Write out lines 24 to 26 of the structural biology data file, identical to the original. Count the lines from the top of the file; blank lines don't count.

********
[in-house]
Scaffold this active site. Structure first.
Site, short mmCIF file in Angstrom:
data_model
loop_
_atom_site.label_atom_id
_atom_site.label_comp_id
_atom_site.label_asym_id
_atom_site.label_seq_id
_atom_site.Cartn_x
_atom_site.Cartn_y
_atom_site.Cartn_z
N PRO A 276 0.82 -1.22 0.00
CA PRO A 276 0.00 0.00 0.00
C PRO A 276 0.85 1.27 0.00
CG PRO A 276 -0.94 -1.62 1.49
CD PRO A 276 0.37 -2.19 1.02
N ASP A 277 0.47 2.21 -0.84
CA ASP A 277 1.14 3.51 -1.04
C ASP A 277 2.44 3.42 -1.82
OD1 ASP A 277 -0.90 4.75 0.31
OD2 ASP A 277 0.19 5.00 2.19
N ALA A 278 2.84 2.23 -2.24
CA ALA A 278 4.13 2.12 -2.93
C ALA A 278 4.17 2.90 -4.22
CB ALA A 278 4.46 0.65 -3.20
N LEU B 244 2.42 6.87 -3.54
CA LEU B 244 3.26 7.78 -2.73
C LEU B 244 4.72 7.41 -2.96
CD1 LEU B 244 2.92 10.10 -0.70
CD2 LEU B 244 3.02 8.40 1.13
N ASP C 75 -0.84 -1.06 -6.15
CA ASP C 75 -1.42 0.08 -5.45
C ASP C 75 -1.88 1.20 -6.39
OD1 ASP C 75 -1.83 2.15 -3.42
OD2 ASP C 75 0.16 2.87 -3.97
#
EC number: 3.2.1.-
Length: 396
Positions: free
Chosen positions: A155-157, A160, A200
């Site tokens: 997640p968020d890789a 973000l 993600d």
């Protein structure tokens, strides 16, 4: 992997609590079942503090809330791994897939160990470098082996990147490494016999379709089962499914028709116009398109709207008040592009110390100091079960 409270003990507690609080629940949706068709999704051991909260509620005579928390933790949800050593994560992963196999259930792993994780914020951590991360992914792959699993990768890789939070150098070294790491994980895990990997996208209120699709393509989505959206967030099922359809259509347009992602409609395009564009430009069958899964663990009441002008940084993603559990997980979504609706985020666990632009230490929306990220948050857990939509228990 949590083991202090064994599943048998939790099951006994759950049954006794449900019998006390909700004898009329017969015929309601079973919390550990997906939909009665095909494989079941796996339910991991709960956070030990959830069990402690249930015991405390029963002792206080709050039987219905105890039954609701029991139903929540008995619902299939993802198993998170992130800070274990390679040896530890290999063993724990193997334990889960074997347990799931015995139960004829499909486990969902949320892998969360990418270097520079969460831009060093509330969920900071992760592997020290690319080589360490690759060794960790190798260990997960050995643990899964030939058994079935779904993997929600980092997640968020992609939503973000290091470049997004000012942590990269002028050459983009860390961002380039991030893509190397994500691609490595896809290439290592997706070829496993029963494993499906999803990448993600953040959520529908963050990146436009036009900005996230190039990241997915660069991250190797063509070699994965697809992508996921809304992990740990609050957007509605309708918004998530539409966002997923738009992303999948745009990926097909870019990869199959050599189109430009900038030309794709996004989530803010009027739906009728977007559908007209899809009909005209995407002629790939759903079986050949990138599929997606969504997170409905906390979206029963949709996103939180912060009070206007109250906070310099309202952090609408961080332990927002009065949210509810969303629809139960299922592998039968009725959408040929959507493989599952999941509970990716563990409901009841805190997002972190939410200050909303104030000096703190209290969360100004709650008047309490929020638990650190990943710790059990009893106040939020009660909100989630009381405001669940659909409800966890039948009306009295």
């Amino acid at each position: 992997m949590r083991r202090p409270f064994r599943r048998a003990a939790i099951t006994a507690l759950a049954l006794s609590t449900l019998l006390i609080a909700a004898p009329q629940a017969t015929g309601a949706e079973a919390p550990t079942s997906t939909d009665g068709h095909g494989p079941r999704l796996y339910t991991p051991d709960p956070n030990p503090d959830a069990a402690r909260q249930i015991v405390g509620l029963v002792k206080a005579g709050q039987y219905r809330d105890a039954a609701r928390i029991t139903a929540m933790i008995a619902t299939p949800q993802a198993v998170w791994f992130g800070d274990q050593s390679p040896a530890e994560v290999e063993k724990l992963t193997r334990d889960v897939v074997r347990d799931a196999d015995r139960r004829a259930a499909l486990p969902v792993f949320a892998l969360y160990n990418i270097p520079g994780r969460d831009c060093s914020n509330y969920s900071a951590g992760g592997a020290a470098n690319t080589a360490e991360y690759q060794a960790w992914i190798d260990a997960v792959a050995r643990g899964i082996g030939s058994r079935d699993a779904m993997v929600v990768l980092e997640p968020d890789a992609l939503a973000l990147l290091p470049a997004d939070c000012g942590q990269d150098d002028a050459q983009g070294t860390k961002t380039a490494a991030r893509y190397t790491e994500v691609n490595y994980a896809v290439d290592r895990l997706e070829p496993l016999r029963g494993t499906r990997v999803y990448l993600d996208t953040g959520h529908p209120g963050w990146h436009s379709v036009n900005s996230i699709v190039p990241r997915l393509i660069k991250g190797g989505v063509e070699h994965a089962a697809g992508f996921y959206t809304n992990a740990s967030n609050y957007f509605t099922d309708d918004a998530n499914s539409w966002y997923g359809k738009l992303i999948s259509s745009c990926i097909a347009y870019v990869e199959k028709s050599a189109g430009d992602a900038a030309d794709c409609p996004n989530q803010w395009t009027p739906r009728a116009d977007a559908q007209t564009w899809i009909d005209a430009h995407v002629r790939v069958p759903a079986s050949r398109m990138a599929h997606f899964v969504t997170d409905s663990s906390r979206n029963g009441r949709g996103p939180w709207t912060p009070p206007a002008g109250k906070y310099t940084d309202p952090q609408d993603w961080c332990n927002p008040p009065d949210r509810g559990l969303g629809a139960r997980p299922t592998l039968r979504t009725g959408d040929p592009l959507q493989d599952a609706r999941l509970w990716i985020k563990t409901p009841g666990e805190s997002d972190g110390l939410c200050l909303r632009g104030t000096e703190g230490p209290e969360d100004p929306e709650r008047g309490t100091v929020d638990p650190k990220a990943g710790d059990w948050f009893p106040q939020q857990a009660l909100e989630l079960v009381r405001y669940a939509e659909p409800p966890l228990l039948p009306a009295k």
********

CA ALA A 278 4.13 2.12 -2.93
C ALA A 278 4.17 2.90 -4.22
CB ALA A 278 4.46 0.65 -3.20